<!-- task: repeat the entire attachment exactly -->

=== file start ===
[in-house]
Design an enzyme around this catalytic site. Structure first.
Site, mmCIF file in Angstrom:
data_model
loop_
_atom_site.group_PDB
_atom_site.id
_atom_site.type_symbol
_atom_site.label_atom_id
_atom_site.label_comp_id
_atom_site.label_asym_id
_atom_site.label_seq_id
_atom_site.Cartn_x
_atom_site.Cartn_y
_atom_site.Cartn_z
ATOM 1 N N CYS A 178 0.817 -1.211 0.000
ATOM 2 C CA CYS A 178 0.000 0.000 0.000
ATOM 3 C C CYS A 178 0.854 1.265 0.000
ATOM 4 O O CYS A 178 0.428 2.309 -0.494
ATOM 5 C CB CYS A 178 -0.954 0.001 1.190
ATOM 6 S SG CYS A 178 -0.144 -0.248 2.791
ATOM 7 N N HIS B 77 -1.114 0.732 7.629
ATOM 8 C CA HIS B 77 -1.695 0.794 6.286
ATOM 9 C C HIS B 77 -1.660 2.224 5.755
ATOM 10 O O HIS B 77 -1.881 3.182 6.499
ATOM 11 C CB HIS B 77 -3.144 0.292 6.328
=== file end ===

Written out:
[in-house]
Design an enzyme around this catalytic site. Structure first.
Site, mmCIF file in Angstrom:
data_model
loop_
_atom_site.group_PDB
_atom_site.id
_atom_site.type_symbol
_atom_site.label_atom_id
_atom_site.label_comp_id
_atom_site.label_asym_id
_atom_site.label_seq_id
_atom_site.Cartn_x
_atom_site.Cartn_y
_atom_site.Cartn_z
ATOM 1 N N CYS A 178 0.817 -1.211 0.000
ATOM 2 C CA CYS A 178 0.000 0.000 0.000
ATOM 3 C C CYS A 178 0.854 1.265 0.000
ATOM 4 O O CYS A 178 0.428 2.309 -0.494
ATOM 5 C CB CYS A 178 -0.954 0.001 1.190
ATOM 6 S SG CYS A 178 -0.144 -0.248 2.791
ATOM 7 N N HIS B 77 -1.114 0.732 7.629
ATOM 8 C CA HIS B 77 -1.695 0.794 6.286
ATOM 9 C C HIS B 77 -1.660 2.224 5.755
ATOM 10 O O HIS B 77 -1.881 3.182 6.499
ATOM 11 C CB HIS B 77 -3.144 0.292 6.328